Kōrero: Auckland region

Ngāpuhi invasion, 1820s (1 o 2)

Ngāpuhi invasion, 1820s

In 1821, wanting to avenge previous defeats by Tāmaki tribes, the Ngāpuhi leader Hongi Hika launched a series of attacks on the region. With 2,000 men and 1,000 muskets he stormed two Ngāti Paoa (fortified settlements), Mauinaina and Mokoia, killing hundreds and enslaving hundreds more. He repeated the slaughter at Te Tōtara, the Ngāti Maru fortress near Thames. In 1825 Ngāpuhi attacked again. This time the target was Ngāti Whātua. The battle – known as Te Ika-a-ranganui – was fought near Kaiwaka. Although Ngāti Whātua had over 1,000 warriors, the 500-strong invading force was armed with muskets and crushed their old foe. Ngāti Whātua survivors fled into exile.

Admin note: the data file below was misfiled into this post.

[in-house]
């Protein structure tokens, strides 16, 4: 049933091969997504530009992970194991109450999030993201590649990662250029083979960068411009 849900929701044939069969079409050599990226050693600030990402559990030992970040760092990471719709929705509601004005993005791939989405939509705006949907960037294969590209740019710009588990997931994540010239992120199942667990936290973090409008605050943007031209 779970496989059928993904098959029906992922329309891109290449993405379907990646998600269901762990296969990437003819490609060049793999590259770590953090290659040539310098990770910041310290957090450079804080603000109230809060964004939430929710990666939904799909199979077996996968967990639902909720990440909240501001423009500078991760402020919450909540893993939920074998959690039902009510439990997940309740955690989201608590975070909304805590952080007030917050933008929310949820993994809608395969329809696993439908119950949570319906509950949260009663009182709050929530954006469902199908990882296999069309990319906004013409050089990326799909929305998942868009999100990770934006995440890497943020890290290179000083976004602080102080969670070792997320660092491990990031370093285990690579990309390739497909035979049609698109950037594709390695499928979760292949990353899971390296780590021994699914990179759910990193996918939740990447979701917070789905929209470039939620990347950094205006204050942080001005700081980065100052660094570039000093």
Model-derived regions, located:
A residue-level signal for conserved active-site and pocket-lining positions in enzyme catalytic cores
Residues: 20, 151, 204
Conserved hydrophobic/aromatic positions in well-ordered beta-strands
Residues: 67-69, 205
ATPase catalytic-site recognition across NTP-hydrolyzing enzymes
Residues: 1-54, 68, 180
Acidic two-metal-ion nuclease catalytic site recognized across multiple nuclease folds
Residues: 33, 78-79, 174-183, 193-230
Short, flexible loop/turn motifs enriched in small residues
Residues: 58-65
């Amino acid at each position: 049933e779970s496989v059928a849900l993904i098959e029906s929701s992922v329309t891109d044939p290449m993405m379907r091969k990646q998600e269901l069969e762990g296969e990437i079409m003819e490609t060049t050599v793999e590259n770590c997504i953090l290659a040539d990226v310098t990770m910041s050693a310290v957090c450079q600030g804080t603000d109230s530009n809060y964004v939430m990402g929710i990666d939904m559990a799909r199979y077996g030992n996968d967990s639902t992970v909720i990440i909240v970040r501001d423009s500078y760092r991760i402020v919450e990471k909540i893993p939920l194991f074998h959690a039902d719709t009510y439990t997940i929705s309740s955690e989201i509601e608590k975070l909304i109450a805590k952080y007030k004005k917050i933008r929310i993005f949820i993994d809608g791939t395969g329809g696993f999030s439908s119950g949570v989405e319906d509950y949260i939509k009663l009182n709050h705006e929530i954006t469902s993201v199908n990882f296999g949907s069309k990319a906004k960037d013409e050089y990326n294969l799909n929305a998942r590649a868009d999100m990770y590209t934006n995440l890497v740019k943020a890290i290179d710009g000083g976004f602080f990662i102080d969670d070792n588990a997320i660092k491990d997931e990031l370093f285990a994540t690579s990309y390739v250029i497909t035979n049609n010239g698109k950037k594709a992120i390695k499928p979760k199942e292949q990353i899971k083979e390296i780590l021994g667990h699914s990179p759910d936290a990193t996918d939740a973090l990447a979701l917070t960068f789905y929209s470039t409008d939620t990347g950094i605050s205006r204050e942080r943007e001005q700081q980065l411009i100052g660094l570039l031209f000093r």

Te whakamahi i tēnei tūemi

Te Ara - The Encyclopedia of New Zealand

This item has been provided for private study purposes (such as school projects, family and local history research) and any published reproduction (print or electronic) may infringe copyright law. It is the responsibility of the user of any material to obtain clearance from the copyright holder.

Ngā whakaahua me ngā rauemi katoa o tēnei kōrero

Te tuhi tohutoro mō tēnei whārangi:

Margaret McClure, 'Auckland region - Māori history', Te Ara - the Encyclopedia of New Zealand, http://www.TeAra.govt.nz/mi/map/15886/ngapuhi-invasion-1820s (accessed 18 April 2024)

He kōrero nā Margaret McClure, updated 1 Aug 2016